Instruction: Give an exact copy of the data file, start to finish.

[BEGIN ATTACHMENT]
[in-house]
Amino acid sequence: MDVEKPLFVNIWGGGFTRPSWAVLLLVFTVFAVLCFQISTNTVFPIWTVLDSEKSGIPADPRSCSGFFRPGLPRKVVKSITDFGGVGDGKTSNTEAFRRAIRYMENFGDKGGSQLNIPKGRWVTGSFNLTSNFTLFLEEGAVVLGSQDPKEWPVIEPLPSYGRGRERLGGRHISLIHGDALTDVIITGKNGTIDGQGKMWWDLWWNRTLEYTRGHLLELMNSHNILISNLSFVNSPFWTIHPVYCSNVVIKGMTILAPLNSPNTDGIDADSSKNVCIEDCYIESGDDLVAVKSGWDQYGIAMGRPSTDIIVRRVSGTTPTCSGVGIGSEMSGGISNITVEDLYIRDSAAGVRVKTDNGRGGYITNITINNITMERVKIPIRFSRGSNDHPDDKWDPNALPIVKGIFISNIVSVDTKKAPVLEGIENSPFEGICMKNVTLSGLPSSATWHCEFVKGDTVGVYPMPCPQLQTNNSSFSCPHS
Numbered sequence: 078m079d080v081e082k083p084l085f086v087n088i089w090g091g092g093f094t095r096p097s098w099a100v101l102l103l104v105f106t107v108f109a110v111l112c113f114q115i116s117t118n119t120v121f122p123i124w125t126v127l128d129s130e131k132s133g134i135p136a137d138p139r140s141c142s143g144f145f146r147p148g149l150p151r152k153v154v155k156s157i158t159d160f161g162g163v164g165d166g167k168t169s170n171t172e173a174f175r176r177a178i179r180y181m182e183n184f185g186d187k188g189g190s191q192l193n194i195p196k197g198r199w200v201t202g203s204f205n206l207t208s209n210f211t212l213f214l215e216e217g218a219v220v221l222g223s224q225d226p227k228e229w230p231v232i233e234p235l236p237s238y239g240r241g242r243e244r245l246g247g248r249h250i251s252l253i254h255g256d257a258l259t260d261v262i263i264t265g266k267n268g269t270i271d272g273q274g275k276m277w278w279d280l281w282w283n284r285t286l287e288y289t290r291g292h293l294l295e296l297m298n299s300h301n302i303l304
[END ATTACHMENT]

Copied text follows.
[in-house]
Amino acid sequence: MDVEKPLFVNIWGGGFTRPSWAVLLLVFTVFAVLCFQISTNTVFPIWTVLDSEKSGIPADPRSCSGFFRPGLPRKVVKSITDFGGVGDGKTSNTEAFRRAIRYMENFGDKGGSQLNIPKGRWVTGSFNLTSNFTLFLEEGAVVLGSQDPKEWPVIEPLPSYGRGRERLGGRHISLIHGDALTDVIITGKNGTIDGQGKMWWDLWWNRTLEYTRGHLLELMNSHNILISNLSFVNSPFWTIHPVYCSNVVIKGMTILAPLNSPNTDGIDADSSKNVCIEDCYIESGDDLVAVKSGWDQYGIAMGRPSTDIIVRRVSGTTPTCSGVGIGSEMSGGISNITVEDLYIRDSAAGVRVKTDNGRGGYITNITINNITMERVKIPIRFSRGSNDHPDDKWDPNALPIVKGIFISNIVSVDTKKAPVLEGIENSPFEGICMKNVTLSGLPSSATWHCEFVKGDTVGVYPMPCPQLQTNNSSFSCPHS
Numbered sequence: 078m079d080v081e082k083p084l085f086v087n088i089w090g091g092g093f094t095r096p097s098w099a100v101l102l103l104v105f106t107v108f109a110v111l112c113f114q115i116s117t118n119t120v121f122p123i124w125t126v127l128d129s130e131k132s133g134i135p136a137d138p139r140s141c142s143g144f145f146r147p148g149l150p151r152k153v154v155k156s157i158t159d160f161g162g163v164g165d166g167k168t169s170n171t172e173a174f175r176r177a178i179r180y181m182e183n184f185g186d187k188g189g190s191q192l193n194i195p196k197g198r199w200v201t202g203s204f205n206l207t208s209n210f211t212l213f214l215e216e217g218a219v220v221l222g223s224q225d226p227k228e229w230p231v232i233e234p235l236p237s238y239g240r241g242r243e244r245l246g247g248r249h250i251s252l253i254h255g256d257a258l259t260d261v262i263i264t265g266k267n268g269t270i271d272g273q274g275k276m277w278w279d280l281w282w283n284r285t286l287e288y289t290r291g292h293l294l295e296l297m298n299s300h301n302i303l304